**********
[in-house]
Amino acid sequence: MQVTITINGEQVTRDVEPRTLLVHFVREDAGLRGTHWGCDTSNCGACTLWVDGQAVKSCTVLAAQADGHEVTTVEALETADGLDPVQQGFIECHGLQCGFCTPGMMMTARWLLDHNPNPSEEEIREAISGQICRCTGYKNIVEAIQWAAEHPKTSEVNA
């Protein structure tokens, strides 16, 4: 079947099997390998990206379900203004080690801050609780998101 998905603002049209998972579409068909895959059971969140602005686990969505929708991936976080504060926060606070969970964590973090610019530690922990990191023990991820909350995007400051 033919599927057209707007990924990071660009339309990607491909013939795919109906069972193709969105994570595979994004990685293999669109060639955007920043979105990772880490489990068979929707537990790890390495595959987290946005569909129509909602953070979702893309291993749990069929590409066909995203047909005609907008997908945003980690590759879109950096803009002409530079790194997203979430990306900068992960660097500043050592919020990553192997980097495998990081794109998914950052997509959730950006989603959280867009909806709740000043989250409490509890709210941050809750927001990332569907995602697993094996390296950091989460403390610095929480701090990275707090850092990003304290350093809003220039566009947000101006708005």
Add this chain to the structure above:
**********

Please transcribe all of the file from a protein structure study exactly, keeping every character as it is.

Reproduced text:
[in-house]
Amino acid sequence: MQVTITINGEQVTRDVEPRTLLVHFVREDAGLRGTHWGCDTSNCGACTLWVDGQAVKSCTVLAAQADGHEVTTVEALETADGLDPVQQGFIECHGLQCGFCTPGMMMTARWLLDHNPNPSEEEIREAISGQICRCTGYKNIVEAIQWAAEHPKTSEVNA
């Protein structure tokens, strides 16, 4: 079947099997390998990206379900203004080690801050609780998101 998905603002049209998972579409068909895959059971969140602005686990969505929708991936976080504060926060606070969970964590973090610019530690922990990191023990991820909350995007400051 033919599927057209707007990924990071660009339309990607491909013939795919109906069972193709969105994570595979994004990685293999669109060639955007920043979105990772880490489990068979929707537990790890390495595959987290946005569909129509909602953070979702893309291993749990069929590409066909995203047909005609907008997908945003980690590759879109950096803009002409530079790194997203979430990306900068992960660097500043050592919020990553192997980097495998990081794109998914950052997509959730950006989603959280867009909806709740000043989250409490509890709210941050809750927001990332569907995602697993094996390296950091989460403390610095929480701090990275707090850092990003304290350093809003220039566009947000101006708005």
Add this chain to the structure above: